There's a host of interesting material emanating from the O'Reilly Mac OS X Conference, with publisher Tim O'Reilly declaring iTunes Music Store to be "the future of software".

O'Reilly said that one day all software will be like iTunes – and Apple leads the charge in a software revolution that will see applications reaching out into a networked world, in which platforms and stand-alone software solutions are subsumed by new, connected products, said Wired.

"Apple is the first old-world computer company to get this," O'Reilly said. "It has started to take that network concept, the idea of reaching beyond the single device, and that they're starting to build that into their applications."

He criticized Apple for not applying this direction across its products – while songs can be purchased using iTunes, stock images aren't available through iPhoto, and while iTunes lets users share libraries over a network, iPhoto does not, for example. He believes networking technologies should be built into all of Apple's software.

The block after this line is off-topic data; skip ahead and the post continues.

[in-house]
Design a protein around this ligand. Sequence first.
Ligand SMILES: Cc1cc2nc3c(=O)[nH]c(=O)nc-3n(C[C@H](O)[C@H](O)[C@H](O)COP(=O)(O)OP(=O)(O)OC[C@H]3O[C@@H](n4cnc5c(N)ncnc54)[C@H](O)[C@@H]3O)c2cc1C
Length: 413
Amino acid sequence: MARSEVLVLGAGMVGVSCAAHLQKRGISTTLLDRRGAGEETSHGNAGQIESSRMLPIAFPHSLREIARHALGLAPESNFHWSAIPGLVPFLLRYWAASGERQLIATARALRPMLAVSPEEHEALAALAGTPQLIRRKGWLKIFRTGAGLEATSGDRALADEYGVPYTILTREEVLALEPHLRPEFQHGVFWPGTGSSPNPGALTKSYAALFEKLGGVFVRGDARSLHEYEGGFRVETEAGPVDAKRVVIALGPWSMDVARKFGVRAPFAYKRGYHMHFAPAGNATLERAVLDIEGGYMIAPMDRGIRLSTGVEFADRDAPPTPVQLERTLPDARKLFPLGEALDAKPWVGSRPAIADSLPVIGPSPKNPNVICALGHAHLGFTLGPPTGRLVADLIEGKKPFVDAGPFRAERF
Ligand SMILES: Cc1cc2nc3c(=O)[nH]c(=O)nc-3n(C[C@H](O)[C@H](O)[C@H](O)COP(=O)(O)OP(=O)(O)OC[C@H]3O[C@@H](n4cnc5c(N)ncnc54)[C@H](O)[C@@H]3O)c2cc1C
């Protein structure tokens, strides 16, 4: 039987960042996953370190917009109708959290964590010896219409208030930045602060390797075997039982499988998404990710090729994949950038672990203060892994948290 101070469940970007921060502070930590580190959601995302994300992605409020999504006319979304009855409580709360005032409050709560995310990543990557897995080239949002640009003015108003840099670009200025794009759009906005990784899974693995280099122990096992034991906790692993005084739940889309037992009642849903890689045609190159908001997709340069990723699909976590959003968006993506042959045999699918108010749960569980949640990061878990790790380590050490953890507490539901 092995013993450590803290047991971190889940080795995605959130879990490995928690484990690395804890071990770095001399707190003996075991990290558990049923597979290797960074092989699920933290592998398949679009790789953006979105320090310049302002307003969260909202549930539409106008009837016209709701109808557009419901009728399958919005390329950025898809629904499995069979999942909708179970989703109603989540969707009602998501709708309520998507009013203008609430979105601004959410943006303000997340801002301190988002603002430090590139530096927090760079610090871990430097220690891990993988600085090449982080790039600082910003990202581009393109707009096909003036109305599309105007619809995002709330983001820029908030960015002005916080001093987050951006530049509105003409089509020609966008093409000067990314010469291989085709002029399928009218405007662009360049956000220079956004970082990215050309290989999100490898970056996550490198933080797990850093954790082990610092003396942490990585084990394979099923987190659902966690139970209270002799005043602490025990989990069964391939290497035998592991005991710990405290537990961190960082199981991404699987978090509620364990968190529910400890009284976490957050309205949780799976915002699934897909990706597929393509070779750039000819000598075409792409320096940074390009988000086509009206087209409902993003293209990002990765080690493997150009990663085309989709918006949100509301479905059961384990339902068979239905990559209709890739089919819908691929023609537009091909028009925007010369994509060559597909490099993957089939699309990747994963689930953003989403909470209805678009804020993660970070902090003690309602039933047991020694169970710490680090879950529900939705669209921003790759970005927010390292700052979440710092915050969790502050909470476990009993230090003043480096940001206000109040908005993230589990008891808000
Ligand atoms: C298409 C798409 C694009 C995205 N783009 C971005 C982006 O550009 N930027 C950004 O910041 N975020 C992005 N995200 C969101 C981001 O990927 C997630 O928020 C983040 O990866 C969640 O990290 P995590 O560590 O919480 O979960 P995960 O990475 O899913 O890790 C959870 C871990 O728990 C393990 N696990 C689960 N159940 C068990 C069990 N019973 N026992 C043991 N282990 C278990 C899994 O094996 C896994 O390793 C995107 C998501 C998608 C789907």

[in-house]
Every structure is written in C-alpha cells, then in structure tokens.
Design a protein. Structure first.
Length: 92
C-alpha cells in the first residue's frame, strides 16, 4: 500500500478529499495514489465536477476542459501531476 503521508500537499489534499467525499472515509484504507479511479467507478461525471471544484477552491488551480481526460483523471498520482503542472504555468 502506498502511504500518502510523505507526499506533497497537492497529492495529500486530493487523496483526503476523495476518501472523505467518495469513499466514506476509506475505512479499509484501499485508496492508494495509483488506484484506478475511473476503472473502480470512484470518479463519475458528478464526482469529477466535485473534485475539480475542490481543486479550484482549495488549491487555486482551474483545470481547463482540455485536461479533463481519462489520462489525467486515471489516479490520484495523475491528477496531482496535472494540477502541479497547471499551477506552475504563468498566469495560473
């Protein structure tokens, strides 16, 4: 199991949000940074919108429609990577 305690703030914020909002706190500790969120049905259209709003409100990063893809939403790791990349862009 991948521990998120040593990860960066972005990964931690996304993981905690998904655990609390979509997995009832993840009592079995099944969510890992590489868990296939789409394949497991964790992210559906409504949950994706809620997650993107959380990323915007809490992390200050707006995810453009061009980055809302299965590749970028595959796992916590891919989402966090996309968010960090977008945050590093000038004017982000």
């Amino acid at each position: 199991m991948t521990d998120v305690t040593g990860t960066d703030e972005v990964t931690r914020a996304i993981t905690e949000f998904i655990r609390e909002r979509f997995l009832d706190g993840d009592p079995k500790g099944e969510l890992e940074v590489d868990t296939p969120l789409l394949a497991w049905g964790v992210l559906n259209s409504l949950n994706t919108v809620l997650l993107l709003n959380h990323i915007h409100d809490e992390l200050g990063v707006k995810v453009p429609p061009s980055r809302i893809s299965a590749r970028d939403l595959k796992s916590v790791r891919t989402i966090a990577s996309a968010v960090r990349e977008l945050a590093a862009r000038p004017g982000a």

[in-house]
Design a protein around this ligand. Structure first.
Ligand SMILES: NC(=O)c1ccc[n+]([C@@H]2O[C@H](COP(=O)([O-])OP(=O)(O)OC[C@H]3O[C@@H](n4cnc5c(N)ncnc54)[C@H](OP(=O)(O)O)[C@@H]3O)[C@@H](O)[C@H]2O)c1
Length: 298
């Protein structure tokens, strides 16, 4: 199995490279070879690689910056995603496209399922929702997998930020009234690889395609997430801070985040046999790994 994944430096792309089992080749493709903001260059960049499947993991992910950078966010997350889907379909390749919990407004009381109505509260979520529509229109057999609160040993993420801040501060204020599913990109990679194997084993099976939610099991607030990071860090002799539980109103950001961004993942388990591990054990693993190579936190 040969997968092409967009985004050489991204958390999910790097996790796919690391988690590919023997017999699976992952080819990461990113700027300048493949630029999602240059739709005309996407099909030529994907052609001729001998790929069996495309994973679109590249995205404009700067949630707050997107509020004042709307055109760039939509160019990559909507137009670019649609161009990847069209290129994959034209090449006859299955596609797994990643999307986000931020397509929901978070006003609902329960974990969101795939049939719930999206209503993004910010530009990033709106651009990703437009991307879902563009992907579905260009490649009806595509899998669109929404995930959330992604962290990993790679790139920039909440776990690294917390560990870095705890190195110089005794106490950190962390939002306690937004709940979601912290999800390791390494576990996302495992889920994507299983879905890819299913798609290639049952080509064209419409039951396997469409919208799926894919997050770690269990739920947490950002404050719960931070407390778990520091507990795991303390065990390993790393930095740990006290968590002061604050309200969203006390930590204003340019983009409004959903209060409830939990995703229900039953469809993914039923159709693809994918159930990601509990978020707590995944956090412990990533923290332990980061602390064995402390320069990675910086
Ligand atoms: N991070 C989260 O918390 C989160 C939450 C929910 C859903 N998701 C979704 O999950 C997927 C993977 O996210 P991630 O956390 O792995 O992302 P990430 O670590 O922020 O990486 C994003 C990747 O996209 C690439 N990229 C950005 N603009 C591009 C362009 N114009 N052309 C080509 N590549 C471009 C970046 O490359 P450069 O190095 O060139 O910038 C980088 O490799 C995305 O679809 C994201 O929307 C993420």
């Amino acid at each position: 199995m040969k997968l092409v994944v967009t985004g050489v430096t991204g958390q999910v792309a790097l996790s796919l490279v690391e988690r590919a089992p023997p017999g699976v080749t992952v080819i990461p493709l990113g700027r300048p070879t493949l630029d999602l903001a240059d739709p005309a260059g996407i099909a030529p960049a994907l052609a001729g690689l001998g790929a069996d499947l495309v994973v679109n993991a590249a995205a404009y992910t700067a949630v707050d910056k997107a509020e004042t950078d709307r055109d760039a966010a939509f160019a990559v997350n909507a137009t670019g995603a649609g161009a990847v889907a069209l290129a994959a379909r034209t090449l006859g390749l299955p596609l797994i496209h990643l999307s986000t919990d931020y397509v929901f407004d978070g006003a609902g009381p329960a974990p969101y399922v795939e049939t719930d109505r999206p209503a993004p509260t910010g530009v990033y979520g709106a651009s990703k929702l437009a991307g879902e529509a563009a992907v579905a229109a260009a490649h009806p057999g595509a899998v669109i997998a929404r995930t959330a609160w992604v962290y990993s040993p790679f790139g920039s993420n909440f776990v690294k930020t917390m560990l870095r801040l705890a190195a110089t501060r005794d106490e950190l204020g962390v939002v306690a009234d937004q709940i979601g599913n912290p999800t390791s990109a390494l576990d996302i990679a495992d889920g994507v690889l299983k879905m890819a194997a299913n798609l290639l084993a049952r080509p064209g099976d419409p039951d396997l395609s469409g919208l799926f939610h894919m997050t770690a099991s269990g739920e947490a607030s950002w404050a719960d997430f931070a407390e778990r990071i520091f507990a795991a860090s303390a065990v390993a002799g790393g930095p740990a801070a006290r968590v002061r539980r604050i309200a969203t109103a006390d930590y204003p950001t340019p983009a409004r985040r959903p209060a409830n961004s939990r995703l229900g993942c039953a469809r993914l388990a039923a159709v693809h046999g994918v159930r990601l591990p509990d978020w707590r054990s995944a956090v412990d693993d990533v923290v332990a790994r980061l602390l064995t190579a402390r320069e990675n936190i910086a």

"I think Apple is a real leader in this area, but is not thinking hard enough how to complete the picture," he said.

The ultimate Switch

Also speaking at the event was Dr. Srinidhi Varadarajan. The doctor is the director of the Terascale Computing Facility at Virginia Tech – the higher education institute that captured headlines recently when it deployed 1,100 dual-processor 2GHz Power Mac G5s to create the world's fastest supercomputer at just five per cent of the cost of other similar deployments in the supercomputer league.

A report on his keynote – titled: "Confessions of the world's largest Switcher", suggests that if the doctor's story was turned into a Switch ad, it may run: "I was in the market for a new machine. I was hoping to get ten teraflops by the end of the year. I'd never used a Mac and had been looking at Dells and IBMs. Then Apple released the G5 on June 23. A week later I bought 1,100 duals online at the Apple Store. I'm Srinidhi Varadarajan and I build Supercomputers at Virginia Tech." He added that Virginia Tech is "getting requests for clones". "Expect to see a lot more G5 clusters," he said.

Yesterday Macworld reported on revelations regarding Pixar's move to Mac OS X that were revealed at the conference.